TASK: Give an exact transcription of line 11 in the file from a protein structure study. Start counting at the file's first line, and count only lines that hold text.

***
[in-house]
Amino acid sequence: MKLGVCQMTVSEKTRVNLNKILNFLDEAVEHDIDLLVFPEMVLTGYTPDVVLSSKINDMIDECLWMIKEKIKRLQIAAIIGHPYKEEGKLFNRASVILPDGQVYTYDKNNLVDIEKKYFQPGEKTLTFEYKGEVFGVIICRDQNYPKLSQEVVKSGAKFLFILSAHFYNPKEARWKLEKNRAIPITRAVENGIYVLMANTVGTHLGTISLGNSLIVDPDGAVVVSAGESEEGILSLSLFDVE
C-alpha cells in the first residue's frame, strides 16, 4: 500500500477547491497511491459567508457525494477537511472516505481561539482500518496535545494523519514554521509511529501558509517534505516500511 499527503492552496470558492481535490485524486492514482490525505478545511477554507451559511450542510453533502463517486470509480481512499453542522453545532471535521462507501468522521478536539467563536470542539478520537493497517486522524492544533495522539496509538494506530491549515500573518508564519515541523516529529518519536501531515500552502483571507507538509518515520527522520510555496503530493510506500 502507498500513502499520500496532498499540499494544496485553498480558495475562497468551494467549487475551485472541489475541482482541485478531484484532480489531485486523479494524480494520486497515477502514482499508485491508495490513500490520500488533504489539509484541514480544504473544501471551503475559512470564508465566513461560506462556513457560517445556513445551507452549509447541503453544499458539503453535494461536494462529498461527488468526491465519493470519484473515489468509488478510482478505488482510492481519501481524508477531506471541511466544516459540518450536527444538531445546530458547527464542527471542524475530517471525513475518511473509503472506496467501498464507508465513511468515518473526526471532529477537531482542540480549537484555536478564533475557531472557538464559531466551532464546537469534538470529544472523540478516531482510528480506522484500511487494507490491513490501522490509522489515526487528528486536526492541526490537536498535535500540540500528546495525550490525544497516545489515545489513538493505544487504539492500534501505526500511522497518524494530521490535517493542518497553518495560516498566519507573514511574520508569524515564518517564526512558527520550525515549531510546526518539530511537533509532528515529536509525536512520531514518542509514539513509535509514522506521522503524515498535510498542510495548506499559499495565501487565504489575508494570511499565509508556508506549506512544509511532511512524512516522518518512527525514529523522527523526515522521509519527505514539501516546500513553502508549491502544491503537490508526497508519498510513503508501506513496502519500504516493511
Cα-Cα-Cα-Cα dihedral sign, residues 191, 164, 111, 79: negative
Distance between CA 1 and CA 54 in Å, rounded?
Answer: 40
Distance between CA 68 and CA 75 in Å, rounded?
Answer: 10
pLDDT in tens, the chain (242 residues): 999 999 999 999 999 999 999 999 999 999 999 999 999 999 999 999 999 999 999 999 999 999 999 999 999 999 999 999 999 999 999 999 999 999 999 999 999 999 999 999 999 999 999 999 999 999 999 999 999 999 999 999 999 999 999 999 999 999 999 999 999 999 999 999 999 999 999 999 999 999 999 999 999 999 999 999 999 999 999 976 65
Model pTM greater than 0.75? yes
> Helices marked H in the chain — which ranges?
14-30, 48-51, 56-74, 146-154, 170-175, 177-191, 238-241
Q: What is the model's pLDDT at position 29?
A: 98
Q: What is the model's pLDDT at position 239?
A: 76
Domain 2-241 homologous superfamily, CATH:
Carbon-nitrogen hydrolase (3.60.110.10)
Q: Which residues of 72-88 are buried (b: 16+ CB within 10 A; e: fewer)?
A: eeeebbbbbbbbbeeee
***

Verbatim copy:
> Helices marked H in the chain — which ranges?